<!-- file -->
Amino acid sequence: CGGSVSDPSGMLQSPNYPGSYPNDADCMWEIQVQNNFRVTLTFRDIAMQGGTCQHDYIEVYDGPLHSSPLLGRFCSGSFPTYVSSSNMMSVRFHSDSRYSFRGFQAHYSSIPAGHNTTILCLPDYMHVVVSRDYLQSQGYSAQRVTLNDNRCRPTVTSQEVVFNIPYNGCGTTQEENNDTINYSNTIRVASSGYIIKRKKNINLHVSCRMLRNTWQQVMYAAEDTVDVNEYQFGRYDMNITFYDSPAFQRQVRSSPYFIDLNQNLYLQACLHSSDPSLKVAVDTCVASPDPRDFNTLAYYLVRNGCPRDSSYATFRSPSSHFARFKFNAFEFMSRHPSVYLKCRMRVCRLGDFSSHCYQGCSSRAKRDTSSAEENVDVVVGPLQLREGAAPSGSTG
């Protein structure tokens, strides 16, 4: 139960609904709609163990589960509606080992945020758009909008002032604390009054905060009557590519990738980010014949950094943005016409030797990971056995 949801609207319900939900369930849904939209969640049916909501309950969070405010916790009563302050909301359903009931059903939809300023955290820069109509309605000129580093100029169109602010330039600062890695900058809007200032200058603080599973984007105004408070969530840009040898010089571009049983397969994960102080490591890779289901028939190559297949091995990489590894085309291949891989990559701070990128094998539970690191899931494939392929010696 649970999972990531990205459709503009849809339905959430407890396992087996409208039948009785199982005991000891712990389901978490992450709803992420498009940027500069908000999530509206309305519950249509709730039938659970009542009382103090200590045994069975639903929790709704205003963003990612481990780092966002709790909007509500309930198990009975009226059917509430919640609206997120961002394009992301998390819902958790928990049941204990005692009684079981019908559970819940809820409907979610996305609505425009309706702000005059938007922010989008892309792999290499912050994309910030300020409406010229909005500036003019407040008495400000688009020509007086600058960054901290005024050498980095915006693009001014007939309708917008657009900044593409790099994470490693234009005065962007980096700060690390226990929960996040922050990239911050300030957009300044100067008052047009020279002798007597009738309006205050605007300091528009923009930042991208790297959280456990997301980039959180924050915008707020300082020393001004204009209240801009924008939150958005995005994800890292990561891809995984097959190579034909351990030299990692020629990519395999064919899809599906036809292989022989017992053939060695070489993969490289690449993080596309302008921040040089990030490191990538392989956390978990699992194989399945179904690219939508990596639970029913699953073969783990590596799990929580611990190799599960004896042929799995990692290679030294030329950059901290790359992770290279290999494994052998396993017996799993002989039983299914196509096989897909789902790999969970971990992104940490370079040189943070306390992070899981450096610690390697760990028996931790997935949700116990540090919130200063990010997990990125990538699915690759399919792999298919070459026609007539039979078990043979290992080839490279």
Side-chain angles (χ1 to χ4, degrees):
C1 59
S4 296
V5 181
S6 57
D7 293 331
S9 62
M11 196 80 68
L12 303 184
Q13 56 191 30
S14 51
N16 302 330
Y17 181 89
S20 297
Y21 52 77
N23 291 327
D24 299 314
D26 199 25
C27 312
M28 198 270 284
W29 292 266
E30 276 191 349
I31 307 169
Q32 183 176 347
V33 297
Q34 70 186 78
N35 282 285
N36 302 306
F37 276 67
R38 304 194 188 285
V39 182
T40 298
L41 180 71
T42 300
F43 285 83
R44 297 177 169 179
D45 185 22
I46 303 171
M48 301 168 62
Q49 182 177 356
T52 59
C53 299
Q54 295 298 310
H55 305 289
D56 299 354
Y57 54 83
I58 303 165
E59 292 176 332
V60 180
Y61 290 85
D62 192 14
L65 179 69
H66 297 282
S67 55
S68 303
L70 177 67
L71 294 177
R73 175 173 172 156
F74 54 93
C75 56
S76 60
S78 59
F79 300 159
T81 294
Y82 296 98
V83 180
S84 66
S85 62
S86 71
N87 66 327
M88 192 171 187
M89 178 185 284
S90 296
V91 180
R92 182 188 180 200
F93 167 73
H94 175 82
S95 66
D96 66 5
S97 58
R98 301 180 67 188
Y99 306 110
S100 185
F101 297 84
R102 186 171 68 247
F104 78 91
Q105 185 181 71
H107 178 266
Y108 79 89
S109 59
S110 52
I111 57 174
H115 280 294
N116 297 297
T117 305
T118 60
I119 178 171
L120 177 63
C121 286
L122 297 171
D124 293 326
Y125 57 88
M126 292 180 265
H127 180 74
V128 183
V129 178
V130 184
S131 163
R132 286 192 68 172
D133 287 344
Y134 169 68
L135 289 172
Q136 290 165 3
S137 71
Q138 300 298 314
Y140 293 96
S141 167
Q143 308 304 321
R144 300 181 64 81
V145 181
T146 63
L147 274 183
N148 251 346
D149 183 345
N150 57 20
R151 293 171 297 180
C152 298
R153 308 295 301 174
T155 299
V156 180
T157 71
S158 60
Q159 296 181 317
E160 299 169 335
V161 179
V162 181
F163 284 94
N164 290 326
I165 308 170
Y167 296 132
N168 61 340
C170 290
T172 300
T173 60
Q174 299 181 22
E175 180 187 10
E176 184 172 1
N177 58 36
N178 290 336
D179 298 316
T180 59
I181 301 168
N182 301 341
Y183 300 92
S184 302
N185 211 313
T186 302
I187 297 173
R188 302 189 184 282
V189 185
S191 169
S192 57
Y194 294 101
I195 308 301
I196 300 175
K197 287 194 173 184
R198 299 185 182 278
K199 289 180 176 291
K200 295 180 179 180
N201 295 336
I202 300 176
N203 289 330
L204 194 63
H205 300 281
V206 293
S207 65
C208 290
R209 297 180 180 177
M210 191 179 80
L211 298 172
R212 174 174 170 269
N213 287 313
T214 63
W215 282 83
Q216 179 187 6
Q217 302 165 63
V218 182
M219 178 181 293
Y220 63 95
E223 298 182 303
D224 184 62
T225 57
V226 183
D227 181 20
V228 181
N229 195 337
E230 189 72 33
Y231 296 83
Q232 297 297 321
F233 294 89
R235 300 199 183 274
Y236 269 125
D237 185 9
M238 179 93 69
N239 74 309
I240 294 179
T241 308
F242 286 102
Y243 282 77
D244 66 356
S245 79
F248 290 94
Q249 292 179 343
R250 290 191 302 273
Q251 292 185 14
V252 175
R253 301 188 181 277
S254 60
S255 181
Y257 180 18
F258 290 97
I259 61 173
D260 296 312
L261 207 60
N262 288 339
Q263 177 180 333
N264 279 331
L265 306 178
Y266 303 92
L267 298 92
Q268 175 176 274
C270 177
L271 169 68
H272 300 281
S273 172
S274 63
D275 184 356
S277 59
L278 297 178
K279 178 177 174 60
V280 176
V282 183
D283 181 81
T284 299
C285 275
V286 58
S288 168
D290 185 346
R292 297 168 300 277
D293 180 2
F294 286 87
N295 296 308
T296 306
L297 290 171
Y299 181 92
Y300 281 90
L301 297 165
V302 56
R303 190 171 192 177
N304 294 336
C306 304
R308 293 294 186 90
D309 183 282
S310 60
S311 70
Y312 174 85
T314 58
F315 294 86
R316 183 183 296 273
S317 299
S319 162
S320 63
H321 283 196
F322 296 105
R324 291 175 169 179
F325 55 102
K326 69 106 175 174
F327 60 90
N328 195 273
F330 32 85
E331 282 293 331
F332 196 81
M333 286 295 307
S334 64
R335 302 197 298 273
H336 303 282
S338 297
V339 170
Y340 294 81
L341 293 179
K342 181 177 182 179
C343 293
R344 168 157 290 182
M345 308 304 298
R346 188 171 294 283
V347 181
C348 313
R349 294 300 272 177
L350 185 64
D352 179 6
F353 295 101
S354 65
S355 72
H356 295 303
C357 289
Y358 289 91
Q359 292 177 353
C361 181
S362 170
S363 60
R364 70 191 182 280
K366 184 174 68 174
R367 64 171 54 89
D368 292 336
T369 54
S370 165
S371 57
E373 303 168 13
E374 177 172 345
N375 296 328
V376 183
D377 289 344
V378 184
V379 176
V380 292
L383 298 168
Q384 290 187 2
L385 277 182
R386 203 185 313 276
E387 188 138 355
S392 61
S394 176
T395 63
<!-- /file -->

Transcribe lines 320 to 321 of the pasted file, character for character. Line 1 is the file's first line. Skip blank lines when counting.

E373 303 168 13
E374 177 172 345